On appeal from: [2010] EWCA Civ 804

The respondent police officer issued a claim for libel against the appellant publisher, complaining that an article meant there were strong grounds to suspect he had abused his position as a police officer. The High Court found that the publication of the article  was protected by Reynolds privilege, but this was overturned by the Court of Appeal.

The Supreme Court unanimously allowed the appeal; the article was protected by Reynolds privilege.

How to approach the question of meaning
It was commonplace for Reynolds privilege to be determined as a preliminary issue but this made it necessary to determine the meaning of the article, which would also be relevant to verification. The sensible way of achieving this was for the parties to agree to trial by judge alone, who could then resolve any dispute as to meaning at the same time.

The public interest test
In terms of public interest, each case will turn on its own facts. This story was of high public importance and the allegations against the respondent were the whole story. They were published with the legitimate aim of ensuring the allegations were properly investigated by the police in circumstances where the journalist had good reason to doubt that they were being. Naming the respondent was also justified as he would be identified in any event by his fellow officers and suspicion should not fall on other members of his unit.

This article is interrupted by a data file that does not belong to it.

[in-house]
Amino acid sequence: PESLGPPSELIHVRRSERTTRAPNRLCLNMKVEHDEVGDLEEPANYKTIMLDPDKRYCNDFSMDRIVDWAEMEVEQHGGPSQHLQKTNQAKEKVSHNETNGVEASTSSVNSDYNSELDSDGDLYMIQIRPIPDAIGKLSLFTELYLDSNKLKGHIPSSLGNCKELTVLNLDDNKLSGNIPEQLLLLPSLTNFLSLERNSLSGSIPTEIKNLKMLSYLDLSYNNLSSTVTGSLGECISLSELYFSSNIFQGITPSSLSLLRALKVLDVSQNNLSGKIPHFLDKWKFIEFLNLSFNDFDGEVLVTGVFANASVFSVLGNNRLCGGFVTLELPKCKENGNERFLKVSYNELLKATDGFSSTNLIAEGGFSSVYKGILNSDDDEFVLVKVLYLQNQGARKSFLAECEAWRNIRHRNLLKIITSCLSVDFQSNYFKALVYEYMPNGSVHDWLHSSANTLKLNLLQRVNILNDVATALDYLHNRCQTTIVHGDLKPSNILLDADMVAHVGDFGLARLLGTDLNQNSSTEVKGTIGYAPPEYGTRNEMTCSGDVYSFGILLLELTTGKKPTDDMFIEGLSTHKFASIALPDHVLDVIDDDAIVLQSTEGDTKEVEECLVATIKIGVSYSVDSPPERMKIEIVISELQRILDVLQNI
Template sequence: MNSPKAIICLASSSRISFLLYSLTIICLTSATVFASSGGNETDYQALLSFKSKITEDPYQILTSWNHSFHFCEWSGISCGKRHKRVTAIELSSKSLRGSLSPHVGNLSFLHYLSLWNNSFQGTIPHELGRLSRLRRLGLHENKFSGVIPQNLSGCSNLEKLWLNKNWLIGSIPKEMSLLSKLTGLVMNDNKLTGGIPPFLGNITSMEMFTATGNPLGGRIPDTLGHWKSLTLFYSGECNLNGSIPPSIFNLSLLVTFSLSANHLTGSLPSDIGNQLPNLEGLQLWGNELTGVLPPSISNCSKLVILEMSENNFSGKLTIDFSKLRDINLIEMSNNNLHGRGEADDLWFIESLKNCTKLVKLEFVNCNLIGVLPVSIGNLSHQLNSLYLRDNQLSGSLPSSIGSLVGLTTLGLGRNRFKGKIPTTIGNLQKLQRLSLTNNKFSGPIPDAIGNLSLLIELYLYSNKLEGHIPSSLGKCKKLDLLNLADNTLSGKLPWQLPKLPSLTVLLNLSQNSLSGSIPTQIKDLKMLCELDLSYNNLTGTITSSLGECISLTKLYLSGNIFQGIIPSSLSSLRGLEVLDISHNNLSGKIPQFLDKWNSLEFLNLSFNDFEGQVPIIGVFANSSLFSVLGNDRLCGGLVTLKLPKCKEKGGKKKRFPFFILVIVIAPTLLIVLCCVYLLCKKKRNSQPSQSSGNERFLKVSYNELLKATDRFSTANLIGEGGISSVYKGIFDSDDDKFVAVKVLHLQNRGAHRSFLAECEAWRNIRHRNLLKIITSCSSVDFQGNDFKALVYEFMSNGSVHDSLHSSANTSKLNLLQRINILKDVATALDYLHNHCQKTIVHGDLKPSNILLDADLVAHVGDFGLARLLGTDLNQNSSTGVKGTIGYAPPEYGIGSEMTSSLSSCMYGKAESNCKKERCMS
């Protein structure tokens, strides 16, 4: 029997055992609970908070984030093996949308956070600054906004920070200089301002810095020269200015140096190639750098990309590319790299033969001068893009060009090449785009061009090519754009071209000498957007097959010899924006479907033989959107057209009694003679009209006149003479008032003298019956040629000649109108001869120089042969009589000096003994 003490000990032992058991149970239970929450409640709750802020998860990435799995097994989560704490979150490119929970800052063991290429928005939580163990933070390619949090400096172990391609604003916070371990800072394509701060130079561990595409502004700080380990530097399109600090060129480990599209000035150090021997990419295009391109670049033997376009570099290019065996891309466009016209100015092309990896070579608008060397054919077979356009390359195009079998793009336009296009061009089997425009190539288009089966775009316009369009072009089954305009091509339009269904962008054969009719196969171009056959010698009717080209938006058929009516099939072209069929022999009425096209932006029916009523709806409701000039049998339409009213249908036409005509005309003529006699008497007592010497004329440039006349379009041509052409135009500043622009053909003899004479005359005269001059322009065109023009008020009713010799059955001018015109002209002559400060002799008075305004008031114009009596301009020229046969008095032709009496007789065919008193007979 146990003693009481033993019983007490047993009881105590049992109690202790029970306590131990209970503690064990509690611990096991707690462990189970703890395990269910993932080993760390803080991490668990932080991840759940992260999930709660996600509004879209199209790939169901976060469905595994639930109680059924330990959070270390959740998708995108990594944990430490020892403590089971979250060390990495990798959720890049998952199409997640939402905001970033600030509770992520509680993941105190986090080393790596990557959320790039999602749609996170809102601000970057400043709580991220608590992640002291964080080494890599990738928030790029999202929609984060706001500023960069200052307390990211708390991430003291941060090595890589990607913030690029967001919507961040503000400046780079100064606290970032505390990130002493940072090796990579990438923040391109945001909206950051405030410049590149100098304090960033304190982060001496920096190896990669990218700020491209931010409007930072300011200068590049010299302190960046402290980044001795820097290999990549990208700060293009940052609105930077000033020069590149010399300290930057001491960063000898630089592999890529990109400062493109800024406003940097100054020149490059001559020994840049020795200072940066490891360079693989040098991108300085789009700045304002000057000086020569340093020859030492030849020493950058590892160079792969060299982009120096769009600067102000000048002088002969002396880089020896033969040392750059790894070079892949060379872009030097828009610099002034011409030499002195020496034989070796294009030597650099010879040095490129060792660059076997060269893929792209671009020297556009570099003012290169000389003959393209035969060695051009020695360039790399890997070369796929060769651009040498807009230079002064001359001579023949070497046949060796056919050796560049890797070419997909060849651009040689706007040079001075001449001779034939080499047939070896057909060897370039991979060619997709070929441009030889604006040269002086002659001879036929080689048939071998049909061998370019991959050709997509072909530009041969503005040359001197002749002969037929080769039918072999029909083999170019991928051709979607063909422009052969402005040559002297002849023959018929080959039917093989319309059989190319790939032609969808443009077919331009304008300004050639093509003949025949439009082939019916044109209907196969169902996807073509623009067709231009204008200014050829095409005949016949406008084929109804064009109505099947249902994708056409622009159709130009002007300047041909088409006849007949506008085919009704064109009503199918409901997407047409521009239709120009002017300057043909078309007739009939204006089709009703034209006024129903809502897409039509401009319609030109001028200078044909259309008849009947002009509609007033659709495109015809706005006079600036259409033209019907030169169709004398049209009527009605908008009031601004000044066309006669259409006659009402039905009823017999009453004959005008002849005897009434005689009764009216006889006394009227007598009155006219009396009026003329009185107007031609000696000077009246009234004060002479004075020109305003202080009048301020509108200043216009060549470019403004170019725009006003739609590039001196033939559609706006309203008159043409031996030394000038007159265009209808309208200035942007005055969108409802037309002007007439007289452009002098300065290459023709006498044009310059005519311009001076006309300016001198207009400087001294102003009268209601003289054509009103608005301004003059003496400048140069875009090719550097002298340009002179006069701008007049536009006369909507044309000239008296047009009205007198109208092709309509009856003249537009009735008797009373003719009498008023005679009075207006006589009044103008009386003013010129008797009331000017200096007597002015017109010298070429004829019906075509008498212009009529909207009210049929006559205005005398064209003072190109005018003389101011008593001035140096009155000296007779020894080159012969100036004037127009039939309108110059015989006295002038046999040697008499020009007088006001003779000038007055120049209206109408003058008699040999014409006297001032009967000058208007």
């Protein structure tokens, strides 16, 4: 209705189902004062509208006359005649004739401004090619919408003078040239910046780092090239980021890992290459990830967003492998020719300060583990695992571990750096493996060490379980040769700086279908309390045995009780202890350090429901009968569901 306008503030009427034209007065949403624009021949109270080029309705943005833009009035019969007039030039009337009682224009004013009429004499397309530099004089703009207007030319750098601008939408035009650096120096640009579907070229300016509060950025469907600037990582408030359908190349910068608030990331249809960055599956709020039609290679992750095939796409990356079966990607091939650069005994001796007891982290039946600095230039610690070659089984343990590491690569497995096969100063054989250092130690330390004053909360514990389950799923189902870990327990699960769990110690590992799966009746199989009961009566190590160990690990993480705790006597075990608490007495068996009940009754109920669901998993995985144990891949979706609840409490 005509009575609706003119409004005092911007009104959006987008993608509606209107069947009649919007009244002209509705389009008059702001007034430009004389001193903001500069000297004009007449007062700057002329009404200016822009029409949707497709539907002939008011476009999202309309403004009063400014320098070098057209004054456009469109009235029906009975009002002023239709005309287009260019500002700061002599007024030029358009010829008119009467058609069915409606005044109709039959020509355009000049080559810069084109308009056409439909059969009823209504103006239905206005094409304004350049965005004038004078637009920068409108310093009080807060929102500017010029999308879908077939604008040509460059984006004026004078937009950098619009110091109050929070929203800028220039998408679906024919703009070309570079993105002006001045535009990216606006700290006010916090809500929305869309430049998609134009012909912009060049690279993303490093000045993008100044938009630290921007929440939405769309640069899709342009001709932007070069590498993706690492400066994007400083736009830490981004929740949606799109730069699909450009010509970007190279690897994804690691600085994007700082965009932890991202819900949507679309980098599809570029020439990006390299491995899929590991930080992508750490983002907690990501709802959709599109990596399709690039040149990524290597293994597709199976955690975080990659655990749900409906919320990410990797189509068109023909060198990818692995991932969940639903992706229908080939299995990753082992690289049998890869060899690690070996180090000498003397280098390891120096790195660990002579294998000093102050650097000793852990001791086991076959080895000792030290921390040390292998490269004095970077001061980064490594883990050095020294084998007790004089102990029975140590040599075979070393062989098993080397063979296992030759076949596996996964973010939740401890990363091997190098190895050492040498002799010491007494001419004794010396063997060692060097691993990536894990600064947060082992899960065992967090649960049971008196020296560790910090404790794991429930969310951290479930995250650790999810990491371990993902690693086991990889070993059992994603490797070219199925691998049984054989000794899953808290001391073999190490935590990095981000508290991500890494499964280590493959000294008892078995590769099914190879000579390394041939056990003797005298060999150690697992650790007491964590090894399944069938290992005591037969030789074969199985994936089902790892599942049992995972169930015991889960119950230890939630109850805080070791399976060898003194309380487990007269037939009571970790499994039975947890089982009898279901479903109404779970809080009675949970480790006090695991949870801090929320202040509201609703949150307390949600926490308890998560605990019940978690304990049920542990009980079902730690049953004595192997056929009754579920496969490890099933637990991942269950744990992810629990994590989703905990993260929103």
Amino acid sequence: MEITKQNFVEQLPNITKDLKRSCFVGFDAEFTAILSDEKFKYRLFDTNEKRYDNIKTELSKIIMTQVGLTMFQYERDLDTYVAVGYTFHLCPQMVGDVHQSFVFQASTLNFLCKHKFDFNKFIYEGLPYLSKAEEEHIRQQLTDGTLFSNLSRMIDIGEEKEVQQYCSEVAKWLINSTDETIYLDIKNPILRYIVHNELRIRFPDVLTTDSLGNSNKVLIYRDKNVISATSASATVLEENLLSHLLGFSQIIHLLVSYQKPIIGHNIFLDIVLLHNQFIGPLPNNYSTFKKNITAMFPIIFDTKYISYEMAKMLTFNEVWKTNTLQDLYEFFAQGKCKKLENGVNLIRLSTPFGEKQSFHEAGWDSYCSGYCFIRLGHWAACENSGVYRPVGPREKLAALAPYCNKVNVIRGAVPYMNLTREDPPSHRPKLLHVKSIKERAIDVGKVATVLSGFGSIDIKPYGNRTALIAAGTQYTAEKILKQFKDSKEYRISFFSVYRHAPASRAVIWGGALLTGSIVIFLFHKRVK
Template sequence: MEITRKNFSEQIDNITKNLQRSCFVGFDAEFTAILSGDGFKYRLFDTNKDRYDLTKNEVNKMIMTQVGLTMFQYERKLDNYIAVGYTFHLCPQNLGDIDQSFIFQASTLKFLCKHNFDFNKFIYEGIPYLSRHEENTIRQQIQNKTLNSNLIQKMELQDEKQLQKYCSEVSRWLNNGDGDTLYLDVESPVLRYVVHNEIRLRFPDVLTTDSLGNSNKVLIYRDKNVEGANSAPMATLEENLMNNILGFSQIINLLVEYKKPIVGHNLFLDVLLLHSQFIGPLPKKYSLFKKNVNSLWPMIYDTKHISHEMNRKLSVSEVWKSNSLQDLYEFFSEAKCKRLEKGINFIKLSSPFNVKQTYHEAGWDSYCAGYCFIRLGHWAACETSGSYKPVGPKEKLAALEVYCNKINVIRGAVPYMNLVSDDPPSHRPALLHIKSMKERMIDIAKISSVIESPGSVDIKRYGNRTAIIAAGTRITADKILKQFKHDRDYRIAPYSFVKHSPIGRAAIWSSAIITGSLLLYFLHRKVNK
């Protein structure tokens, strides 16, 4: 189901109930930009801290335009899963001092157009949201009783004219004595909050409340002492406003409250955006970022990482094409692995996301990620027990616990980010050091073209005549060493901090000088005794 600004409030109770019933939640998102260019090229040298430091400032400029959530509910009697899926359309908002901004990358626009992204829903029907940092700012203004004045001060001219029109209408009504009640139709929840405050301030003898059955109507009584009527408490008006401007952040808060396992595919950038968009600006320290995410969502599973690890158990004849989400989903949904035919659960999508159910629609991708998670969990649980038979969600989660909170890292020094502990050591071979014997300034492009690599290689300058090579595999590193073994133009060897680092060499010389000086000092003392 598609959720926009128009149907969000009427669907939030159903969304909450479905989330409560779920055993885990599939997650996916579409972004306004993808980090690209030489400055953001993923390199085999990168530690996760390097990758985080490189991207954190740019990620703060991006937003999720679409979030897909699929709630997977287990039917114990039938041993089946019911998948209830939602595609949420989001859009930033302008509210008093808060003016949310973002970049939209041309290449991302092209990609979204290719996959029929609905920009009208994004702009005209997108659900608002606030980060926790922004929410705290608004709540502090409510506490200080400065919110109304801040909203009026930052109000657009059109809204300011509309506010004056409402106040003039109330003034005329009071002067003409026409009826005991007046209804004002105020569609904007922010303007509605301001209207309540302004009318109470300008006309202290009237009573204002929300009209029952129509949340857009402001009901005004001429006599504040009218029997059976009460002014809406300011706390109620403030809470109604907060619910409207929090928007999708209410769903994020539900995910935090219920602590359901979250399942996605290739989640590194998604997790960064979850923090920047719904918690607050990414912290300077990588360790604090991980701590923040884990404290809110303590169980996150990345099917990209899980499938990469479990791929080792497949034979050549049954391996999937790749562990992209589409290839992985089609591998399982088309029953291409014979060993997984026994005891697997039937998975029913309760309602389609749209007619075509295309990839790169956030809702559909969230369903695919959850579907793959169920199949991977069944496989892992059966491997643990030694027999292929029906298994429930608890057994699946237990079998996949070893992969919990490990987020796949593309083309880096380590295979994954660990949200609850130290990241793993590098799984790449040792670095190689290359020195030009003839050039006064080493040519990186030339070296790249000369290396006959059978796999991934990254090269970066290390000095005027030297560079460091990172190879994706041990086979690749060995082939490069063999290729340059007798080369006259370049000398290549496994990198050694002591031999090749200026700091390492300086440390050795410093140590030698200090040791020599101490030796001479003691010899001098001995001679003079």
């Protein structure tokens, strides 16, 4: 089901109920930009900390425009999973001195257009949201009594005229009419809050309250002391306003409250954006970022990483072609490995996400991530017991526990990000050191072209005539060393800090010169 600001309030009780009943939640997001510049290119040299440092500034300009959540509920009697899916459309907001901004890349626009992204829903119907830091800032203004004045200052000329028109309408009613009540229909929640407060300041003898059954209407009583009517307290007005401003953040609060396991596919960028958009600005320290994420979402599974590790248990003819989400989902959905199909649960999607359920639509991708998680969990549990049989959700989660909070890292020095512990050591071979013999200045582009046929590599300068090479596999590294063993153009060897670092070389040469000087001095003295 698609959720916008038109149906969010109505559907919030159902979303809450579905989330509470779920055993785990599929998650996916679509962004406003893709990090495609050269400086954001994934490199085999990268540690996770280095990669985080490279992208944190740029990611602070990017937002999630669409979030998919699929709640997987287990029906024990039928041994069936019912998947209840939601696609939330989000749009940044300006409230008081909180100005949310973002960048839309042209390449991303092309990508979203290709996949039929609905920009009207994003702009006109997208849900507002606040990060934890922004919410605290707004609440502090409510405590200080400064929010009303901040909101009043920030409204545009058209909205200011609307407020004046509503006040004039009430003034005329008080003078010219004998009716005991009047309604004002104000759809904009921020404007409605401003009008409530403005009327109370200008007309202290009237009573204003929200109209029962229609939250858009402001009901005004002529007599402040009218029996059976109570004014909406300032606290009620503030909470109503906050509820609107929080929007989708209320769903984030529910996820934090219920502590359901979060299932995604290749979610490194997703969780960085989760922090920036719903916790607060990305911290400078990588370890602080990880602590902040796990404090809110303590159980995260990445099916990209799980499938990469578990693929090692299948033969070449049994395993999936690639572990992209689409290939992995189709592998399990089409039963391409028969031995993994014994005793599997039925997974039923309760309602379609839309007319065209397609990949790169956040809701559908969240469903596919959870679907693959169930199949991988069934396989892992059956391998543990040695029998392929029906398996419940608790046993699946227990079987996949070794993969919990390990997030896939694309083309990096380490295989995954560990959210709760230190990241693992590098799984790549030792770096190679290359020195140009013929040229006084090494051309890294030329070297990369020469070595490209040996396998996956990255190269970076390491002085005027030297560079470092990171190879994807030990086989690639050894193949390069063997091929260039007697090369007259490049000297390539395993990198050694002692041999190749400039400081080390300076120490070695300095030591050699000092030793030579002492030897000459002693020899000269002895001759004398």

Verification required to discharge the requirements of responsible journalism
privilege absolved the publisher from the need to justify his defamatory publication, but the privilege would normally only be earned where the publisher had taken reasonable steps to satisfy himself that the allegation was true before he published it.

The hard and fast principles relating to the defence of justification do not apply when considering verification. They would impose too strict a fetter on freedom of expression. Where a journalist alleges that there are grounds for suspecting that a person has been guilty of misconduct, the responsible journalist should satisfy himself that such grounds exist, but this does not necessarily require that he should know what those grounds are. Their existence can be based on information from reliable sources, or inferred from the fact of a police investigation in circumstances where such inference was reasonable. In this case the judge found that the supporting facts were true and verified as such.

For judgment, please download: [2012] UKSC 11
For Court’s press release, please download: Press Release
For a non-PDF version of the judgment, please visit: BAILII